CHICAGO -- Executive information systems rank first among the "hottest technologies" supermarket retailers will pursue in the next 18 to 36 months, according to a new survey.
Retailers' focus on the consumer has intensified the need for better decision-support systems to more effectively respond to changing market conditions. To that end, chains are increasingly turning to EIS and cite it as the most important technology they will be implementing in the next three years.
That finding was among several trends highlighted in the Fifth-Annual Retail Technology Study, which was conducted by the Consulting & Systems Integration division of Computer Sciences Corp., Waltham, Mass., and based on responses from 323 retail information systems executives across 13 classes of trade, including discount store chains.
Supermarkets represented 12% of total respondents, the third-largest retail segment surveyed, led by nonapparel specialty, 27%, and apparel, 15% of respondents. The survey was released here at the Retail Systems '95 conference late last month.
"Grocers are among the leaders in terms of retailers planning [to build] consumer-specific data bases in the near future," the report states. "Executive information systems bring clarity to the information in this transaction-driven industry, allowing for better decision-making and speedier reaction to market conditions."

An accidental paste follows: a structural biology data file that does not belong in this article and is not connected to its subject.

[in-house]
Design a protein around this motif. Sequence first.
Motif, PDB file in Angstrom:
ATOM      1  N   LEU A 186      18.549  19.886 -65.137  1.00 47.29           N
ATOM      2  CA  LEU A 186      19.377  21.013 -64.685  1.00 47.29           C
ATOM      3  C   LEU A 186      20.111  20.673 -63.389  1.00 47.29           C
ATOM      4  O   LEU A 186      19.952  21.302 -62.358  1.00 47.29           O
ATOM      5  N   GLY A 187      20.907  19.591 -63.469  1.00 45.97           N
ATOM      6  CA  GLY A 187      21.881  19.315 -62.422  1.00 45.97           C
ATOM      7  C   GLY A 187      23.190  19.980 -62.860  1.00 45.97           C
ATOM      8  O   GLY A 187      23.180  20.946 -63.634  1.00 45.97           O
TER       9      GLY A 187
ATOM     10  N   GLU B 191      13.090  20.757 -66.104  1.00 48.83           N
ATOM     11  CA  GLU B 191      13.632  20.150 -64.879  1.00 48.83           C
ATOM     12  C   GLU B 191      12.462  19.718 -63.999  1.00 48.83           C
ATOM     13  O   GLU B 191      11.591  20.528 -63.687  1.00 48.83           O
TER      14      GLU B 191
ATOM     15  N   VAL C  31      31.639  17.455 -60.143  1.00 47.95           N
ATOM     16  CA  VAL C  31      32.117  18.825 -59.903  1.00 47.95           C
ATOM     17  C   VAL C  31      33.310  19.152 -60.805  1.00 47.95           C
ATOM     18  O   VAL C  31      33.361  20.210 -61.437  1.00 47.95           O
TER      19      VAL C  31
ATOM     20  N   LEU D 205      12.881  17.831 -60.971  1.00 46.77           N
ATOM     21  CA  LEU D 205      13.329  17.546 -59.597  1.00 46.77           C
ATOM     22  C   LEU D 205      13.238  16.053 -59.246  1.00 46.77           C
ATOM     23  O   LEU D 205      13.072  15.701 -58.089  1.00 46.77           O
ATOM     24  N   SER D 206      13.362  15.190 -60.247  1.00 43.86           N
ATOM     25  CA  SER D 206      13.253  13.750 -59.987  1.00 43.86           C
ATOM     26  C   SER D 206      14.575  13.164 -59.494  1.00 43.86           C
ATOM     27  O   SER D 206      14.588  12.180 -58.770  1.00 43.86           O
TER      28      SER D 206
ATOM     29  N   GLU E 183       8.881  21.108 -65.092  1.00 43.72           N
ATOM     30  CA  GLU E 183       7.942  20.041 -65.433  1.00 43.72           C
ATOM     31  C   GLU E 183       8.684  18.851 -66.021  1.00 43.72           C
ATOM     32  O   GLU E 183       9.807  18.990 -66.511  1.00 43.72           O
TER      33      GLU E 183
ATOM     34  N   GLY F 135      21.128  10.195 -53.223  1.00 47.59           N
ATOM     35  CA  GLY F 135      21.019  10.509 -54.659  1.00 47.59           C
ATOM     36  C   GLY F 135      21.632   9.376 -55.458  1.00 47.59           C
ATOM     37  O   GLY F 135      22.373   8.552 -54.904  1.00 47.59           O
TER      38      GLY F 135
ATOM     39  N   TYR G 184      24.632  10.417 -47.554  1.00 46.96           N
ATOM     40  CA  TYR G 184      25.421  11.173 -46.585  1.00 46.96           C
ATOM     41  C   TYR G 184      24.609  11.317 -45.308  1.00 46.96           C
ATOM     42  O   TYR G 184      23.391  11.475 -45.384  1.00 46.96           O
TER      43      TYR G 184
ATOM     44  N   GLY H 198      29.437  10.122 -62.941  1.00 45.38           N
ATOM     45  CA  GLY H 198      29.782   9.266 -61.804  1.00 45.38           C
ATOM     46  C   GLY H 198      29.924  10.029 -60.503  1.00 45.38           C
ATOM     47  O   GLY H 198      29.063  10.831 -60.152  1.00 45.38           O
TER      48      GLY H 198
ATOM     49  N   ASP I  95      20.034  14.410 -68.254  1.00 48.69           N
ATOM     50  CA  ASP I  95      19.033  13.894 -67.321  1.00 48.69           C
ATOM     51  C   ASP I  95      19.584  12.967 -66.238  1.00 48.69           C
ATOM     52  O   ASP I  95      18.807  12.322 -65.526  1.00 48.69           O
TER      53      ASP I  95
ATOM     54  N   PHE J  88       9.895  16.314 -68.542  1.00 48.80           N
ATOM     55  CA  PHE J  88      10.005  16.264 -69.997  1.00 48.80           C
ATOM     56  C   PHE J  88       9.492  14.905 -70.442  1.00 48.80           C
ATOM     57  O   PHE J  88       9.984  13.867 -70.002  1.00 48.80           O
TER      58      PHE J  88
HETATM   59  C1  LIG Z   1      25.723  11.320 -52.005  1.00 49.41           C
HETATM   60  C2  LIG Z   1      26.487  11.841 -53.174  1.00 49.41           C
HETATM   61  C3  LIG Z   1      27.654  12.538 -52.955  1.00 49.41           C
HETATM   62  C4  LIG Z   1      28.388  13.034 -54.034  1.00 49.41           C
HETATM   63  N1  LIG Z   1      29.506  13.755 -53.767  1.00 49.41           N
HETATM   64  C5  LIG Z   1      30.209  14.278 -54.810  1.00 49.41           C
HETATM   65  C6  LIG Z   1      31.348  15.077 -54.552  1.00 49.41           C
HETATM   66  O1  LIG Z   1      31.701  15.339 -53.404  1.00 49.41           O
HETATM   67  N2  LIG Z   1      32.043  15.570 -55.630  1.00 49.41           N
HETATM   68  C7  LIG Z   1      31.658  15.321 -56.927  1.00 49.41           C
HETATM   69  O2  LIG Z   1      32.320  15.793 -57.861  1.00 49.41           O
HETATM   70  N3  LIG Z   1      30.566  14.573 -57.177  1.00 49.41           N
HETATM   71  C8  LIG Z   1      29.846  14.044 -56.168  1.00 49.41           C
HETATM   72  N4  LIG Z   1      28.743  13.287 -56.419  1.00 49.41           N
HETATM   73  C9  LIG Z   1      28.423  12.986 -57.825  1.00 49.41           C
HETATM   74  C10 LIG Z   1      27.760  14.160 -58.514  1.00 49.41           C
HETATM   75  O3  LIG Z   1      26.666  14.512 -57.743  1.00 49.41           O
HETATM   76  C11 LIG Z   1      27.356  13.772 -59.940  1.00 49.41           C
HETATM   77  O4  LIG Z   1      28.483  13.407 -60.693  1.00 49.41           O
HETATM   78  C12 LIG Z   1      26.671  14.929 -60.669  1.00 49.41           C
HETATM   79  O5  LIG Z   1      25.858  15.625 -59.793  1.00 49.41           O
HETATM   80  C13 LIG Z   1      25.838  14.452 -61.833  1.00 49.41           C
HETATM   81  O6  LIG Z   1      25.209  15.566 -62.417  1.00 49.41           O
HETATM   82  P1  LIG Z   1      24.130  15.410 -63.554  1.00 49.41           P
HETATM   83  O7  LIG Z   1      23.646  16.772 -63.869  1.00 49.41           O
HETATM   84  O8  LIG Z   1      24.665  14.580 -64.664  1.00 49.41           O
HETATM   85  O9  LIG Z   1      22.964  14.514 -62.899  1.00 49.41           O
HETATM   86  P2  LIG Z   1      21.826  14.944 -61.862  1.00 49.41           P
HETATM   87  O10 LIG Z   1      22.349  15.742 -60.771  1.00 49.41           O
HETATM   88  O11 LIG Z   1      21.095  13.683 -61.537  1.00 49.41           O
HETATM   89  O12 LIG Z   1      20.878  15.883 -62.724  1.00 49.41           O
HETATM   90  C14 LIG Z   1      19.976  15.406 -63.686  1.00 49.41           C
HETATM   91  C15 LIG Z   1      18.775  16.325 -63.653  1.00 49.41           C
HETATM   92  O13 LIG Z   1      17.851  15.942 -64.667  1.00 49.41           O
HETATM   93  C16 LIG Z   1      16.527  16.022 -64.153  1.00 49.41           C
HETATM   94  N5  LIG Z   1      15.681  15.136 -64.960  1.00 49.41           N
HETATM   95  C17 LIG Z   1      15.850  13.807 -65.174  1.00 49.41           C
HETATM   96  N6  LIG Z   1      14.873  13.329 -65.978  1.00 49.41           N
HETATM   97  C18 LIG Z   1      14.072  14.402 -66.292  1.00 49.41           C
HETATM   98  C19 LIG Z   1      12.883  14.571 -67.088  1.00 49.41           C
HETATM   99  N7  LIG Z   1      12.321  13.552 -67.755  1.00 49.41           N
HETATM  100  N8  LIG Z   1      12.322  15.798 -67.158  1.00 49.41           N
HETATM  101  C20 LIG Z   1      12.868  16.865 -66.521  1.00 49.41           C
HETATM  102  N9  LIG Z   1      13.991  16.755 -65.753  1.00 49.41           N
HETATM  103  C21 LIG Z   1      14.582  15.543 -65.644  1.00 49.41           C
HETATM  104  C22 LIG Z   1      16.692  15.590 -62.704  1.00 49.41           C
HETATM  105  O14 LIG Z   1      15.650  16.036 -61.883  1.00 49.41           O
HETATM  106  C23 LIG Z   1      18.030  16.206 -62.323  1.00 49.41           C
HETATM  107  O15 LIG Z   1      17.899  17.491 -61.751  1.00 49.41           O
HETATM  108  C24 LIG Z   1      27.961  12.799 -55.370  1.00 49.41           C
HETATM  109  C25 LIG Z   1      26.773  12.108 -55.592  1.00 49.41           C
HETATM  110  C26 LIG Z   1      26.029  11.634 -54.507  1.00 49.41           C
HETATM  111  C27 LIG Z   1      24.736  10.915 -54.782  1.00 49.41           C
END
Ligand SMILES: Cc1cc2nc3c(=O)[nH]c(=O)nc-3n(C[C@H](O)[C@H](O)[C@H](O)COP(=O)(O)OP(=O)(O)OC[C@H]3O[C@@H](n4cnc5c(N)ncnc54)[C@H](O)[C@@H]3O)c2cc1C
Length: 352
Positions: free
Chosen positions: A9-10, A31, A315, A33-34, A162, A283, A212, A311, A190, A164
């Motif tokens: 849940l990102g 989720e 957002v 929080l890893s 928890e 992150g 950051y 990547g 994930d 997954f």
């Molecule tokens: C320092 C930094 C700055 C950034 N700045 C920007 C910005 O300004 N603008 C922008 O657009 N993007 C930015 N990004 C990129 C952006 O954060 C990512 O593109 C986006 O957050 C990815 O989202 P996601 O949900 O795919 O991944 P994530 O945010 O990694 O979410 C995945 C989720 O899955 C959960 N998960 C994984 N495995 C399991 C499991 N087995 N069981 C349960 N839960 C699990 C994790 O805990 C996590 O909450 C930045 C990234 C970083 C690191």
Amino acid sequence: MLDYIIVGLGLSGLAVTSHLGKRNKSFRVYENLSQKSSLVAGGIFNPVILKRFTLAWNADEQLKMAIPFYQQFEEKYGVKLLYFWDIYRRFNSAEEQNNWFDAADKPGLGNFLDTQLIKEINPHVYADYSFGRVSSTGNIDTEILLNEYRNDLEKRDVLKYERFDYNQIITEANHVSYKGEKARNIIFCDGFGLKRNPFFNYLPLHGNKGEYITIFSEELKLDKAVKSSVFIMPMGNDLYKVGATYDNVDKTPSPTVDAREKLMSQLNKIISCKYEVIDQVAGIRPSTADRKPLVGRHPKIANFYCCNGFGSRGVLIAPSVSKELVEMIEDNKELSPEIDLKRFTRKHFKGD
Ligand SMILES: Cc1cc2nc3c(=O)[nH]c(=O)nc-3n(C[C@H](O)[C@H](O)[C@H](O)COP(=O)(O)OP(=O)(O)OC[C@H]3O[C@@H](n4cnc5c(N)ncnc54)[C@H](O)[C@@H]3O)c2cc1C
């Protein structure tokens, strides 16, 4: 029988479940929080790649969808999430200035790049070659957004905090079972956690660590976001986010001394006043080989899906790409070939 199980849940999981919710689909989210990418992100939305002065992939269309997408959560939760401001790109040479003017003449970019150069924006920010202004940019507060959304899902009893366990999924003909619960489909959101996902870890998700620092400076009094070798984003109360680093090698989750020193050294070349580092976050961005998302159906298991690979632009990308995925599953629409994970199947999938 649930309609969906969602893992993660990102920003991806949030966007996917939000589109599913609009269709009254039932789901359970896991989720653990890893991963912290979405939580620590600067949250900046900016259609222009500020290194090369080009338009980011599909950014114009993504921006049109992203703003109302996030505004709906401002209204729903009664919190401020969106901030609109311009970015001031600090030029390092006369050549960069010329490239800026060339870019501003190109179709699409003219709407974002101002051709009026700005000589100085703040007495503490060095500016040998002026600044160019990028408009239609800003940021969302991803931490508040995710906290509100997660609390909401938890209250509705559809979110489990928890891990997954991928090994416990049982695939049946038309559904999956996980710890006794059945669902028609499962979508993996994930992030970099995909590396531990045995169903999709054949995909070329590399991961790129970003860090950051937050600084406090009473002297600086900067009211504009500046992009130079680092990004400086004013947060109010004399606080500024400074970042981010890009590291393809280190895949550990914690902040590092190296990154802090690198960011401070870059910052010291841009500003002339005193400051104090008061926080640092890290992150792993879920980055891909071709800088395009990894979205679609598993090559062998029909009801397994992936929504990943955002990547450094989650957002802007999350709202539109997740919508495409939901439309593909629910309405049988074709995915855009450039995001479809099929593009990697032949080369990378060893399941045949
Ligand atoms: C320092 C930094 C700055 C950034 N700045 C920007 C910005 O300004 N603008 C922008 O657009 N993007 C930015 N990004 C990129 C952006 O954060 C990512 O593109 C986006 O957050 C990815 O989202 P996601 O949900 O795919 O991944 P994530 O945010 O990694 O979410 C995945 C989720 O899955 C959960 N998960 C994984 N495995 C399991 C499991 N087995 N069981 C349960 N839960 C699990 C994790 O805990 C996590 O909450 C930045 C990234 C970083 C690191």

The importance supermarket retailers put on store operations, which they cite as the most critical business function, is reflected in their store-level technology investments as compared to other
For example, 80% of supermarket respondents indicated they were using radio frequency devices in the store vs. a 29% average across all retail segments; 65% of grocery retailers reported using traditional point-of-sale terminals compared with 55% of other retailers; and 93% of supermarkets cited use of scanners compared with 67% of the general retail population.
While supermarkets may be concentrating on store-level technologies, they have not made logistics a priority, the report said.
"Physical distribution efficiency at this point in time is still not a primary concern of grocery retailers," said Mike Klaus, principal at CSC.
Asked to rank technology applications, supermarket retailers put frequent-shopper programs at the top of the list in 1995, edging out inventory management which ranked first in 1994.
"Grocery retailers, perhaps more than any others, realize how fragile the relationship with the consumer is," Klaus said. "As a result, they are aggressively looking for programs that make the individual consumer feel special instead of relying the old mass-marketing programs focused on no one in particular."
Another key survey finding is the increasing emphasis supermarket retailers are putting on information technology to support future growth.
In 1995, 55% of retailers said the primary purpose of IT investments is to support anticipated growth, a dramatic increase over 1994, when only 34% of respondents characterized the role of IT in that manner.
The survey concluded that supermarket retailers are developing their technology plans in response to three key external factors: the consumer's quest for value, shopper infidelity and competition from supercenters and other alternate channels.
The Fifth-Annual Retail Technology Survey is a joint project of CSC and Retail Information Systems News, Randolph, N.J.